Personality: How Do You Discover Your Personality?

In my last post, I introduced you to the concept of emotional personality. There are many ways to define personality. I like to define emotional personality as your relationship with the world. You can think of this as your learned personality or your mask personality.

You may be wondering how to discover your unique personality and how it will benefit you to know your personality.

If you want to understand more about yourself, keep reading.

Exploring emotional personality

For many of you this is a new concept. Here is one easy way to think about your emotional personality. Your emotional personality is a question or short phrase that is always there in the back of your mind.

For example, if you are a person who values productivity, your question might be “Do I know what I need to do next?”

Experiment 1: Guessing another person’s personality

Most of you are able to see other people’s personality better than your own.

Let’s try an experiment. Think about a few close friends and try to guess their personality question or phrase.

Here are some examples to help you get started. A people pleaser’s personality question might be “Do you like me?” People who worry a lot might have one of these questions: “What is there to worry about?” or “What am I afraid of?” People who crave attention might be asking: “Can you see me?” People who are always happy might have one of these statements: “I’m okay.” or “Everything always works out for me.”

Remember you are only guessing. If your friends went through the exercise of discovering their personality, they might have a different answer.

Experiment 2: Trying on a personality

Now that you have been thinking about a personality defined by a question or statement, let’s try another experiment.

You can “try on” another person’s personality. This is a lot like walking a mile in someone else’s shoes.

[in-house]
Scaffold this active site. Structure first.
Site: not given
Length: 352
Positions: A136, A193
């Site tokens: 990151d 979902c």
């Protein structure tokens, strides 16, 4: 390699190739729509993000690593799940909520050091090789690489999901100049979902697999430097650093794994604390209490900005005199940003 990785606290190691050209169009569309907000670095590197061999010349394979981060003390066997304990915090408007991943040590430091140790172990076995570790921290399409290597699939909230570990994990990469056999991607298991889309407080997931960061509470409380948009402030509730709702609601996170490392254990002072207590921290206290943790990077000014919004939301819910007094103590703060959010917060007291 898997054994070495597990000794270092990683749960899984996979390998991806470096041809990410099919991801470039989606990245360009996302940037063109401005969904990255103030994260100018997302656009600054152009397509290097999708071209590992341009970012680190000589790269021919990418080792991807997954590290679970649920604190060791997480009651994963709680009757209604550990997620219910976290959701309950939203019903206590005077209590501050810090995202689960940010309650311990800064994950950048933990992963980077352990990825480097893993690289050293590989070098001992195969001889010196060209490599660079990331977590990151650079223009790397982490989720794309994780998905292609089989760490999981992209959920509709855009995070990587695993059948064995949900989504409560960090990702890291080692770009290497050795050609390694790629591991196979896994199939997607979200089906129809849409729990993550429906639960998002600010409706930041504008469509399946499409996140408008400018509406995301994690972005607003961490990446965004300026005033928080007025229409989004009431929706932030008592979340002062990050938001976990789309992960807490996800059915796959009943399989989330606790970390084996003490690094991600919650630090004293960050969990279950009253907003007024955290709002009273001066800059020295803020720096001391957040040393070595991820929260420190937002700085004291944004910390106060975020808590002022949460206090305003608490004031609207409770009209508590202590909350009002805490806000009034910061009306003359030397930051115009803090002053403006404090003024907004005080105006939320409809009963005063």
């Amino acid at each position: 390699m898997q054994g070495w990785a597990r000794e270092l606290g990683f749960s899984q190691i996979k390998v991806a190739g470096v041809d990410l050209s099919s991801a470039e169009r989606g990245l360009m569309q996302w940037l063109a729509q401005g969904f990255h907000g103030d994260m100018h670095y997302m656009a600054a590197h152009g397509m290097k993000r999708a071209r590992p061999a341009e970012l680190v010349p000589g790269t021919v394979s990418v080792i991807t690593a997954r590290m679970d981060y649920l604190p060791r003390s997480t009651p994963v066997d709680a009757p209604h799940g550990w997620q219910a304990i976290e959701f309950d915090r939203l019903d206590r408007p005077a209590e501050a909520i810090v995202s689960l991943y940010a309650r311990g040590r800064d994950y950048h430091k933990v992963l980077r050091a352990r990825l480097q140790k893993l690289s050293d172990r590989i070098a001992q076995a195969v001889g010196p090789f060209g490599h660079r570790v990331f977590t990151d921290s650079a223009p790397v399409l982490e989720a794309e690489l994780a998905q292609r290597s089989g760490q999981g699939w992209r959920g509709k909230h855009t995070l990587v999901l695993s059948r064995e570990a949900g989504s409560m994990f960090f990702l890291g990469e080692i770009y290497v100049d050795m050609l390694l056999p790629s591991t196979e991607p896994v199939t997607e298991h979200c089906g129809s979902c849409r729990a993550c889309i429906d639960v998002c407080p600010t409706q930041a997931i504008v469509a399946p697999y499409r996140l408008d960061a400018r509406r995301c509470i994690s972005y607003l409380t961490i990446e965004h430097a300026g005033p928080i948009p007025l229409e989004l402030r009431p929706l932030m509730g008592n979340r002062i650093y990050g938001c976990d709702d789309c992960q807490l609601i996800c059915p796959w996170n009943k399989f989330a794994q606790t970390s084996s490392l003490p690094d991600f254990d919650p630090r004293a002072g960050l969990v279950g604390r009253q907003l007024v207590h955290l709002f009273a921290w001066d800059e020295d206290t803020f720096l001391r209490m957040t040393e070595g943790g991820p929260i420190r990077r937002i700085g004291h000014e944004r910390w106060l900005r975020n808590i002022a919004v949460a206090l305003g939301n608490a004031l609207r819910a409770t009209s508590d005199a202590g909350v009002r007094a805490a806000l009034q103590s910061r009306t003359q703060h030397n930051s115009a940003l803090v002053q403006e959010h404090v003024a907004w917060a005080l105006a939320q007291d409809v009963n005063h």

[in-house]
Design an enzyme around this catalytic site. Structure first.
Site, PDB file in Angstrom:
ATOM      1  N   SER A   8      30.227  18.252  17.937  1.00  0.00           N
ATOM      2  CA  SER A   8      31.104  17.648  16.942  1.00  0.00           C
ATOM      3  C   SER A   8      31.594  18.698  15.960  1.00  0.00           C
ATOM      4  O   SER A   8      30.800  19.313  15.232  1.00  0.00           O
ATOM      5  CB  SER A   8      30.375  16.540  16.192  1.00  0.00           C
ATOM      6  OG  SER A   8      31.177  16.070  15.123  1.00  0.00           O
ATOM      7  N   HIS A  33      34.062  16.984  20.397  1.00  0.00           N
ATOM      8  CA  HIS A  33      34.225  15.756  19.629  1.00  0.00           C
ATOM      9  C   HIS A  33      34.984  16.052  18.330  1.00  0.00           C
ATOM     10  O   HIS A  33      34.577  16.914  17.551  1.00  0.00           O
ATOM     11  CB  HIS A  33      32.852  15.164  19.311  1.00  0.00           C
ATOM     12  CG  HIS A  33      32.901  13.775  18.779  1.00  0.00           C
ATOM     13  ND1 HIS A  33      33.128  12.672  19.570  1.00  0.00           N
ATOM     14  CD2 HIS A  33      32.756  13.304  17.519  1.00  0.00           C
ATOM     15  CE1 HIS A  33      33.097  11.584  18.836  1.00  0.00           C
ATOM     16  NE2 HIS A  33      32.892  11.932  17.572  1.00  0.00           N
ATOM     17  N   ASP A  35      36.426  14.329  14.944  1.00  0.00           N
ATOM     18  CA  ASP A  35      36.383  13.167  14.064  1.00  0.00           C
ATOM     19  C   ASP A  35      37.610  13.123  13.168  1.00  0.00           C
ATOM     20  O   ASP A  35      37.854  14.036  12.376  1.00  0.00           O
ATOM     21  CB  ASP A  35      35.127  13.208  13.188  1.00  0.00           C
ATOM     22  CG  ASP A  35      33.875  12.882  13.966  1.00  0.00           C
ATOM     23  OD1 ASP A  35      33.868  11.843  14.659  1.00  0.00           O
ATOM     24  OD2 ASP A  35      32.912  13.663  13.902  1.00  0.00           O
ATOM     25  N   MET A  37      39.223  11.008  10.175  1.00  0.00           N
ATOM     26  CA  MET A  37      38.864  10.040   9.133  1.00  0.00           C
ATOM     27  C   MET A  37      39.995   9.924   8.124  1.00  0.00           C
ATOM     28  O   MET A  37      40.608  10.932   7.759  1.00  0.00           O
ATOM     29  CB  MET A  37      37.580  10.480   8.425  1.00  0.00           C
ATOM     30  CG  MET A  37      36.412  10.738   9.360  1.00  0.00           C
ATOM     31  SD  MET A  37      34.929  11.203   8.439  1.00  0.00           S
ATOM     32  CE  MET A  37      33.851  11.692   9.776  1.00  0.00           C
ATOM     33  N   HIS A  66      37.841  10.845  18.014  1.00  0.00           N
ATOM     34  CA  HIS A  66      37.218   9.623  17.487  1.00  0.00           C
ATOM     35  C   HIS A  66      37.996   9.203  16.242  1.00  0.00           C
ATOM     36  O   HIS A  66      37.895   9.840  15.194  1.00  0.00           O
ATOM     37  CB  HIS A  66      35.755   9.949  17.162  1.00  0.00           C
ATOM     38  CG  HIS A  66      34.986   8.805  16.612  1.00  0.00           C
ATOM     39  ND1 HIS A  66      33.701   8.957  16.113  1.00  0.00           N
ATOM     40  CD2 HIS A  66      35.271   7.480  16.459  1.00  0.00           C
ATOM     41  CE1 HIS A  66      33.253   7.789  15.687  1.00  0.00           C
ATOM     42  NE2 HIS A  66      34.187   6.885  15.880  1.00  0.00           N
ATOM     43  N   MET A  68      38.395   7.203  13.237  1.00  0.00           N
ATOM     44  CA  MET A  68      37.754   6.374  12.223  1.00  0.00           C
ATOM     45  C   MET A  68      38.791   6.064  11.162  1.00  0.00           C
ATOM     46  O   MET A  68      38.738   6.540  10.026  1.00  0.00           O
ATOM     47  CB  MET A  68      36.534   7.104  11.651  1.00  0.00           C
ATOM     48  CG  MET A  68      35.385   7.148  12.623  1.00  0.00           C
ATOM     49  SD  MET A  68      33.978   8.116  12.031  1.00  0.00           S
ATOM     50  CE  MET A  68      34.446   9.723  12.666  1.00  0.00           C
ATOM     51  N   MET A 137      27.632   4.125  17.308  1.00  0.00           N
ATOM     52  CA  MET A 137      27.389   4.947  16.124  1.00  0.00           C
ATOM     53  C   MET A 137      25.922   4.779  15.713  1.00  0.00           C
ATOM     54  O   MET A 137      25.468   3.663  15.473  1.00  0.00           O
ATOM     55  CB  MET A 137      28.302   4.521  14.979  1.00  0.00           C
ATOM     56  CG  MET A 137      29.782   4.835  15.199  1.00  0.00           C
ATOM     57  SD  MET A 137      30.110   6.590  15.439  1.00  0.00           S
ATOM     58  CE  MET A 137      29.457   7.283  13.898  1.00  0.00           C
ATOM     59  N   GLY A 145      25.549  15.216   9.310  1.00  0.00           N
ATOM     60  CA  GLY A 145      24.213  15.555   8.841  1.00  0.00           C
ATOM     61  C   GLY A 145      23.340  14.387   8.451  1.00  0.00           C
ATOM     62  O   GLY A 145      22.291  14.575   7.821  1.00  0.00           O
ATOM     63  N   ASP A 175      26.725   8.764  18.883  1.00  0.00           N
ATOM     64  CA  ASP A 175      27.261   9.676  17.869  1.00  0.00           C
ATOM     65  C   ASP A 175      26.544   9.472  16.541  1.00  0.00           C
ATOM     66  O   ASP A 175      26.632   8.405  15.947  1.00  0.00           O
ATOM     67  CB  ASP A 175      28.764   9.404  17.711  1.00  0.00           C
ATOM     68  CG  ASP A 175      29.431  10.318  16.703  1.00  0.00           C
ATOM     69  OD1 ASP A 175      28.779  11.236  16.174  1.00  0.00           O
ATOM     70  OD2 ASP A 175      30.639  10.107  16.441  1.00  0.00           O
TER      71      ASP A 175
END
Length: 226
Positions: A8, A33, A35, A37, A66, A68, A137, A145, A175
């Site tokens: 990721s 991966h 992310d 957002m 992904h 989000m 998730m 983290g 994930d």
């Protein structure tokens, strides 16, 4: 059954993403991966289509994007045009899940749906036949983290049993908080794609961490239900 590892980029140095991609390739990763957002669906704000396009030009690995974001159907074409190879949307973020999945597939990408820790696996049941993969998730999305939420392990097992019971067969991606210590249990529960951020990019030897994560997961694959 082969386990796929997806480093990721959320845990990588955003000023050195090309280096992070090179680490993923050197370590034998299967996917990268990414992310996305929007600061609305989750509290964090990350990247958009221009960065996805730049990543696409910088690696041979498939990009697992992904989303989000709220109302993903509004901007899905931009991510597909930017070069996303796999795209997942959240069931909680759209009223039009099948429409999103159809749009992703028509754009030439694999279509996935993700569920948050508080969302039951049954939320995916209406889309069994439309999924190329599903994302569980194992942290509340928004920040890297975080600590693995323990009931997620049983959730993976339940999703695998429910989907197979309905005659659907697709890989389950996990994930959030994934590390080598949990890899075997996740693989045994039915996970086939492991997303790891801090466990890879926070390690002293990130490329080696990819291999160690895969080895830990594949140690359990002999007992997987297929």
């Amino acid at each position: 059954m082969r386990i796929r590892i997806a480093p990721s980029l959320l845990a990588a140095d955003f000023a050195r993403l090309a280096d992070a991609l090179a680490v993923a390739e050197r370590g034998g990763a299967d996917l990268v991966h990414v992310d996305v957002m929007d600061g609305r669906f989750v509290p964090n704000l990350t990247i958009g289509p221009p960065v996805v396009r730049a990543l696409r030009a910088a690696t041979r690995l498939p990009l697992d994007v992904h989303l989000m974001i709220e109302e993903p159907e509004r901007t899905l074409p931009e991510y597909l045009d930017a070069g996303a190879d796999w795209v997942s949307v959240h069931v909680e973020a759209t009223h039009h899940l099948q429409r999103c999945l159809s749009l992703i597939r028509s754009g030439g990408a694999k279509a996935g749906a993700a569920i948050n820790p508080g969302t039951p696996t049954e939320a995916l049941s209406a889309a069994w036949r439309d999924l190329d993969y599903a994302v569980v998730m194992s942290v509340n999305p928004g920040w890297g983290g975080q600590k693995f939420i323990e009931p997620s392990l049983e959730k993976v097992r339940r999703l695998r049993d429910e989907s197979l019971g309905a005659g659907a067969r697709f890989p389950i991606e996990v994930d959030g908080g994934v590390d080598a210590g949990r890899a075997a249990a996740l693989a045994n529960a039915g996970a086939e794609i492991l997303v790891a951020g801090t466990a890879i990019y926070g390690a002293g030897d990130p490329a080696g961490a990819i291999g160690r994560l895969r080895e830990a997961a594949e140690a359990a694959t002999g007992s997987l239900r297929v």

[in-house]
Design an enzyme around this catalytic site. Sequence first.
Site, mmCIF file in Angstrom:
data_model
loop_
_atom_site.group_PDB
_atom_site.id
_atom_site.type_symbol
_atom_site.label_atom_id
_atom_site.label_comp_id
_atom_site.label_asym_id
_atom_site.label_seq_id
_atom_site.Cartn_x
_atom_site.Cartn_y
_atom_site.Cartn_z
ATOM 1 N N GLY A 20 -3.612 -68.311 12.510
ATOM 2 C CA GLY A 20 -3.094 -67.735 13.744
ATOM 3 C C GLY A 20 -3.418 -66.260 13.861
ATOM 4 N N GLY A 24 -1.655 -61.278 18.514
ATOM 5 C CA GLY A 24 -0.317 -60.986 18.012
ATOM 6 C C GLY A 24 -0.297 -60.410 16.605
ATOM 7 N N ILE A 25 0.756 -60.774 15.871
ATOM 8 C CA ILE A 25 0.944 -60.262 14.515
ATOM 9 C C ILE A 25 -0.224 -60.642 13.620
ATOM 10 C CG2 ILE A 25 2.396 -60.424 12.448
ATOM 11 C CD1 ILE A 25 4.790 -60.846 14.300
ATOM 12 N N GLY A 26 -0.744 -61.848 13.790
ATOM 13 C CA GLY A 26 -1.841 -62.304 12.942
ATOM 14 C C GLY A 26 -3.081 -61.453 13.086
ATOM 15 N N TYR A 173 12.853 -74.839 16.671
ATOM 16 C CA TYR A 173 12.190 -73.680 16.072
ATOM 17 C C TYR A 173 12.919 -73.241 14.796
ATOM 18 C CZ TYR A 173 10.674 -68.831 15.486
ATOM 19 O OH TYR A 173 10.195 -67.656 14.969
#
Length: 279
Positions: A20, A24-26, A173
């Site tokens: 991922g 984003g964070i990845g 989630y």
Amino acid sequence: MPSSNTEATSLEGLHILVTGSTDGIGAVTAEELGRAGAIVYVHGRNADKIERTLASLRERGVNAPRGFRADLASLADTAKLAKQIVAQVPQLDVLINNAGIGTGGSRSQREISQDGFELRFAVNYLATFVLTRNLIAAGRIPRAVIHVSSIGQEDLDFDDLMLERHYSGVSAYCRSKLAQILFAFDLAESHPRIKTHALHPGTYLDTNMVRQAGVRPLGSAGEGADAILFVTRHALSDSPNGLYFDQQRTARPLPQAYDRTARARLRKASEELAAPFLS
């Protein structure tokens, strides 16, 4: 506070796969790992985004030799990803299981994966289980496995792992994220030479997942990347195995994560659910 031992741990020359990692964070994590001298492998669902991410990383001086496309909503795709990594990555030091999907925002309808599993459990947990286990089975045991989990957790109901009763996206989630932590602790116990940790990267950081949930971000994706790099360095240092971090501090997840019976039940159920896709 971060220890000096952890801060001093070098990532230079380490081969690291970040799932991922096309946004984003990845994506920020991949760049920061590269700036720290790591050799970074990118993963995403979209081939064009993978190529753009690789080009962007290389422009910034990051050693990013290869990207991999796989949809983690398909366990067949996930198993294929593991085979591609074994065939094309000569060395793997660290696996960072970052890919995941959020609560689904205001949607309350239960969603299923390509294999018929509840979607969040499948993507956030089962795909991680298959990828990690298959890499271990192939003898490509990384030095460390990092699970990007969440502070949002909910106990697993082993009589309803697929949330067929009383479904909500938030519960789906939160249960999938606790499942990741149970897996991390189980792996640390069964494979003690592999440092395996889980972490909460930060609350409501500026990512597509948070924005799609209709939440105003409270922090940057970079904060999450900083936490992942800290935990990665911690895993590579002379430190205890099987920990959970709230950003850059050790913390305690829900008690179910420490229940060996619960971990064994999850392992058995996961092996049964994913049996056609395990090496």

To start, remember two (2) minutes of a recent good experience. Remember it like it was happening all over again. Get all the good feelings.

Now, take this same memory and as you re-experience it, say a personality question or phrase in your mind.

Here are a few to try on:
Do you like me?
What do I do next?
What is there to worry about?
Life is good.
How can I have more fun?

How did a different personality change your original experience? Were you focusing on different aspects of the experience? Did you emotional response change?

Experiment 3: Discovering your personality

You experience the same emotions over and over again. Start by listing five (5) to seven (7) emotions you experience during a typical week. You want to use all the different distinctions of emotions – not just the basic emotions.

Here are a few emotions to get you started: happy, joyful, grateful, sad, depressed, bored, angry, irritated, frustrated, loving, kind, playful, disgusted, curious, and so on.

Using your list of typical emotions ask yourself: What do my emotions have in common?

Create a short question or phrase that is based on your typical emotions. For example, if your emotions are: curious, excited, interested, bored, and fun then your question might be “What do I find interesting?” When you don’t find anything interesting you are bored. A mix of both positive and negative emotions can help you zero in on the best question or phrase.

If you get stuck, ask a close friend to help you out. You can both go through the personality experiment together. Then, you can “try on” each other’s personality.

Next, we will be exploring your true personality. Once you know your true personality you can decide if your emotional personality is helping you or limiting you. Remember, you can change your personality and reclaim your true self using the poetry of emotion process.

To keep reading…

(Image: garryknight @ Flickr

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